Many practice owners do not even consider a contingency plan or realize the option exists and is a sound business practice. Creating a plan is most often overlooked or forgotten when times are good and business is booming.

Unfortunately, it does not take much to turn things around. As we can observe during this global pandemic, one crisis can turn your business upside down in a very short time.

 

What is Contingency Planning?

Contingency planning is the process of building a procedure to prepare for the absolute worst. When things go wrong, the plan is there to salvage your practice and provide an opportunity to get things back on track again.

Contingency plans are essentially based on “What if…?” scenarios. What if the market crashes? What if there is a labor shortage? What if the insurance company does not pay? What if our system goes down unexpectedly? What if we get hacked with a Ransomware? Ask yourself every possible “What if…?” that could apply to your practice in your area, and then start building a plan to answer those questions.

 

Types of Contingency Planning

The exact type of contingency plan you create should depend on your practice type and its location. For example, a practice located in a hurricane zone should add flood insurance and hurricane damage recovery to its plan. The plan itself is essentially a detailed sequence of steps and processes that will be used in worst-case scenarios.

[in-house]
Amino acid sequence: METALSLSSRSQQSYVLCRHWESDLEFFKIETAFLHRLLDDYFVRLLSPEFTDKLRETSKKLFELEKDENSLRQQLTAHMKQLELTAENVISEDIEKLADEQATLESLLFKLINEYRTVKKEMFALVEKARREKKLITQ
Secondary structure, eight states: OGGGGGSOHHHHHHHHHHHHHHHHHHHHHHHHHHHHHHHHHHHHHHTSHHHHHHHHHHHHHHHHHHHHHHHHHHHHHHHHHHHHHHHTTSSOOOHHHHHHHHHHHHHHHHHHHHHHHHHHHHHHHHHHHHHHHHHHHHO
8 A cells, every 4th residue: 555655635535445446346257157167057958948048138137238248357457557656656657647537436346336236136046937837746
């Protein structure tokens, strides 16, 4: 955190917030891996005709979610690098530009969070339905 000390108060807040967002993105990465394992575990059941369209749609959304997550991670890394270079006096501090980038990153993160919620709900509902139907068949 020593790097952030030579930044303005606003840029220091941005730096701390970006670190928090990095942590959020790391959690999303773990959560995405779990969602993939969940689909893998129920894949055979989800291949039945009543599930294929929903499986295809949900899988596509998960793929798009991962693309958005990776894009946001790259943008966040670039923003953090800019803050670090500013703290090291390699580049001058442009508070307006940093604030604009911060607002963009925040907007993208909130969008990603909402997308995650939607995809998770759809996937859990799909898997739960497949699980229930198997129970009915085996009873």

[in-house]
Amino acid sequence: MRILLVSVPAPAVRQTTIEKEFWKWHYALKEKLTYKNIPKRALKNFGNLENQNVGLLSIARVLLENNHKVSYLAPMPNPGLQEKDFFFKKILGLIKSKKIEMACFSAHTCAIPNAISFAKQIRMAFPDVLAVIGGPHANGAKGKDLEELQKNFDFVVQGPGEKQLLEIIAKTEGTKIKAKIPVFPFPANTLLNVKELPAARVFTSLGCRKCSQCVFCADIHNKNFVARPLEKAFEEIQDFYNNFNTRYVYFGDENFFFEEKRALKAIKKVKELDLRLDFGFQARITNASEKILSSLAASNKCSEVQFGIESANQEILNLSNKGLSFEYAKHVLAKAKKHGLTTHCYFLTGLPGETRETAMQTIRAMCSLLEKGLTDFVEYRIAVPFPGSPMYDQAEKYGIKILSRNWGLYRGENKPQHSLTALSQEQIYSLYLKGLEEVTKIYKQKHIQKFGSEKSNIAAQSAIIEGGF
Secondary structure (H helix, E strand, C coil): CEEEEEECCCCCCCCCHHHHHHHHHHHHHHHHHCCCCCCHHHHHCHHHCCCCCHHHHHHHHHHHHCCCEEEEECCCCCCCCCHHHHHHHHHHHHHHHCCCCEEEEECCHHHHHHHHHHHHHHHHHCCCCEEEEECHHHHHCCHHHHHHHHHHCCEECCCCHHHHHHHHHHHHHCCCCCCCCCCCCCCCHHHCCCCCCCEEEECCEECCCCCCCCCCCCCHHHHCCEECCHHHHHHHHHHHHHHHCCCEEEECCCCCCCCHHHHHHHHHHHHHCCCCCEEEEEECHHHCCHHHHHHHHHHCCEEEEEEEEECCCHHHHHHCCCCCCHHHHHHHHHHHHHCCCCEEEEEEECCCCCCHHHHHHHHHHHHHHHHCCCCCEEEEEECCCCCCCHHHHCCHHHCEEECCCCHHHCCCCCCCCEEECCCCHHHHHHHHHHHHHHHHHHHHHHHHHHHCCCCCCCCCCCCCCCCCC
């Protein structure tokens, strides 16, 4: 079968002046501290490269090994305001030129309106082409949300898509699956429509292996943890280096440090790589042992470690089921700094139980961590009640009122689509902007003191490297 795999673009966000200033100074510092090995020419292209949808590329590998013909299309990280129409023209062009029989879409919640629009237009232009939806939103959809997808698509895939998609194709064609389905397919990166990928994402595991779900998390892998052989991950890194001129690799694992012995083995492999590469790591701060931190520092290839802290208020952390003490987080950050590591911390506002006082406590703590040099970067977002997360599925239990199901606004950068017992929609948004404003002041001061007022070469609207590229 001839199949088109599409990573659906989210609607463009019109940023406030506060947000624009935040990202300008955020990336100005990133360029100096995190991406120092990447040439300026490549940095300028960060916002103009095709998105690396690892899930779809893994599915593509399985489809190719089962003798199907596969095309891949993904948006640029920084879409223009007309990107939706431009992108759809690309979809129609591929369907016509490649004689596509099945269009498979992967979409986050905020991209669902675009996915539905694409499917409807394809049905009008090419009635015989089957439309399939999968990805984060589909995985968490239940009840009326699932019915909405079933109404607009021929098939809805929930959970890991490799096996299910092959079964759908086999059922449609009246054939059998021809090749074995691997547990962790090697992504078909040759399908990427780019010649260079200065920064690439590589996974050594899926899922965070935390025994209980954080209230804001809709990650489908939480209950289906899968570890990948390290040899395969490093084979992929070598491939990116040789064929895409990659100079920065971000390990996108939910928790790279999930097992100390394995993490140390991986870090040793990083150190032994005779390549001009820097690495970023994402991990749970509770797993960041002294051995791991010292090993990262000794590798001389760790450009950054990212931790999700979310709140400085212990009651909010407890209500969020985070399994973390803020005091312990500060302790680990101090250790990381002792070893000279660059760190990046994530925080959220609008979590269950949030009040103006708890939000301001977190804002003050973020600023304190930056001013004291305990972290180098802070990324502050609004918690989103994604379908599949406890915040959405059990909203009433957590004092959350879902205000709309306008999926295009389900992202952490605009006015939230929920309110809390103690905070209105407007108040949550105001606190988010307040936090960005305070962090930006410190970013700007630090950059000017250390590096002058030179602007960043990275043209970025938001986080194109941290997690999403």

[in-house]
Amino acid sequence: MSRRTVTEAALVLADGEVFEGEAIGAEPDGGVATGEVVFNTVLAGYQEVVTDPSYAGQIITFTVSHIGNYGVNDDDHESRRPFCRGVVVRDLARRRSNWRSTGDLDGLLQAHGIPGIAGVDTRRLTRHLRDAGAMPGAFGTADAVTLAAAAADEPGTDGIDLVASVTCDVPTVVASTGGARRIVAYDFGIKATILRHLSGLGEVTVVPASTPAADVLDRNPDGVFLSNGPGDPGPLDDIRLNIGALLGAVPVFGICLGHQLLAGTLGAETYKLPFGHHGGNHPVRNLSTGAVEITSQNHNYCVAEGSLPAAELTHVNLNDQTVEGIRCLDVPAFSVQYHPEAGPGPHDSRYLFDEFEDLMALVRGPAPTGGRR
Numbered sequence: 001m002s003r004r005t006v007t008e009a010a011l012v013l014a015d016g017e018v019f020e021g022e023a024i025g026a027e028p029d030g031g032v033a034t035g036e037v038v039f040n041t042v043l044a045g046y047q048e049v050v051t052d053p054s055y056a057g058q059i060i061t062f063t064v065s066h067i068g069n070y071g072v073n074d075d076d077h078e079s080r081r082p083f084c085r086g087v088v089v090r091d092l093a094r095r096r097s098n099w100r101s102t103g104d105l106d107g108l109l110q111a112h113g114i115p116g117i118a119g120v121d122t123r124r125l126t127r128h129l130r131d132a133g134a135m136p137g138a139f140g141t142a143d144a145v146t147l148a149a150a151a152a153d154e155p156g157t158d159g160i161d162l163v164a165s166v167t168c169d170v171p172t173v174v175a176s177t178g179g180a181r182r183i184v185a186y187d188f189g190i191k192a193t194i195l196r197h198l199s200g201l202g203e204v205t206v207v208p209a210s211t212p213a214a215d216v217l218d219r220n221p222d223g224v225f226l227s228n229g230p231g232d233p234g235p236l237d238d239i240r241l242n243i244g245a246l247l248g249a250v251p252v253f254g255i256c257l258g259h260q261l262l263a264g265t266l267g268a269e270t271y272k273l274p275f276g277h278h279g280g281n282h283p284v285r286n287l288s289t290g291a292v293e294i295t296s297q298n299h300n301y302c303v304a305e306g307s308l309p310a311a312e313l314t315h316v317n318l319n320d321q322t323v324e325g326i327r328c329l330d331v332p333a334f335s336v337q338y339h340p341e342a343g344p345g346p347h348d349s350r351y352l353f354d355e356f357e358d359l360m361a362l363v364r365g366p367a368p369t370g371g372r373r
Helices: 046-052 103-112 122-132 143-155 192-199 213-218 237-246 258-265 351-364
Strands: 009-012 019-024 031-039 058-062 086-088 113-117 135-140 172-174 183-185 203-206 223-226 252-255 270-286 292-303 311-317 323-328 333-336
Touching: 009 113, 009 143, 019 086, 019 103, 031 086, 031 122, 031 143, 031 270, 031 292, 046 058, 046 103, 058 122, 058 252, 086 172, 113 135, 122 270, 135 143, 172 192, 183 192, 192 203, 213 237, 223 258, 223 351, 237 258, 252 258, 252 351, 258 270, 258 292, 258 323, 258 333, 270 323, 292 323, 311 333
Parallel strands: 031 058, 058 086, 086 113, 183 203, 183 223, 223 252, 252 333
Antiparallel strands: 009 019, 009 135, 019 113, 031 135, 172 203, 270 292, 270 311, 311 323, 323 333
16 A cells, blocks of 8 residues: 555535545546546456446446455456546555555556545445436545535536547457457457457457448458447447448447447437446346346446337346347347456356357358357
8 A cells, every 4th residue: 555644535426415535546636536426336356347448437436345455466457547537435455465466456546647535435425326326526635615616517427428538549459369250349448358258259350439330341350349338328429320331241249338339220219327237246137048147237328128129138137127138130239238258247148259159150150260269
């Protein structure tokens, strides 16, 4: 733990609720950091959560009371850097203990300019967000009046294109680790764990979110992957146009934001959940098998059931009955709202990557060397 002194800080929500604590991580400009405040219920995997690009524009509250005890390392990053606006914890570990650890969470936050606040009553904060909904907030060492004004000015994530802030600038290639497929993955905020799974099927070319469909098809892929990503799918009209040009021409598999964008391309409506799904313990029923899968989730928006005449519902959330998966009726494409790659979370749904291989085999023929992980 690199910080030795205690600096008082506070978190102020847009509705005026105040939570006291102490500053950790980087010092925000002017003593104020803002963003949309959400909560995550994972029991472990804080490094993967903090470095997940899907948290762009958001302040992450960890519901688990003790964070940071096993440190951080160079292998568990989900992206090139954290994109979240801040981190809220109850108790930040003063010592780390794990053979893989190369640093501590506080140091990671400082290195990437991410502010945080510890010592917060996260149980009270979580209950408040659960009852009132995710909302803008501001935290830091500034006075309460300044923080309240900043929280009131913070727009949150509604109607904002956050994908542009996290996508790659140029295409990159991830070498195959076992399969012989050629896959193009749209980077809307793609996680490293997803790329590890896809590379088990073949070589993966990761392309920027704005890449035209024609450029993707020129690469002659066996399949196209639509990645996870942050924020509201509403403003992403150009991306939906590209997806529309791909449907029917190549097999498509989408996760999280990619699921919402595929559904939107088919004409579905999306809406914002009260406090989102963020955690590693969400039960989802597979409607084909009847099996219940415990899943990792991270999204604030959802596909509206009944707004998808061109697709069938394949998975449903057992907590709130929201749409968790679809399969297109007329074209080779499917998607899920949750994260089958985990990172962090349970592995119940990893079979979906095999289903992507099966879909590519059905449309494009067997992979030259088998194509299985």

The most basic plan should cover the financial aspects of the practice. An in-depth plan pinpoints areas of the practice that are first in line for cuts, where employees can be eliminated and where costs can be drastically reduced to save expenses immediately while entering a rebuilding phase.

For more on the types of threats facing your private practice, check out this article I wrote a few months ago: Five Major Threats to The CEO Optometrist and How to Protect Against Them.

 

How to Write a Contingency Plan

The contingency plan works as a sequence of events based on priority.

First, make a list of the most likely major events that could change the course of your practice for the worse. Build out an individual response for each of these events. How will you prepare, and what actionable steps will you execute following the events?

After you have each scenario and response on paper, it’s time to prioritize. In the case of a financial crisis, what contingency steps are the most important? Where can you cut some fat immediately without losing ground on processes?

Lay these things out in order of importance so you can have an action plan ready to use immediately after taking a big hit. You won’t be able to implement everything in the plan all at once, so really take the time to prioritize your cuts and actions.

 

 

Most contingency situations are out of your control, and in many cases cannot be seen coming in advance. However, you can create contingency plans for elements that are within your immediate control. The key is to create it before the crisis hits.

Do you have a contingency plan for your practice? What resources helped you put it together? Please share in the comment section below.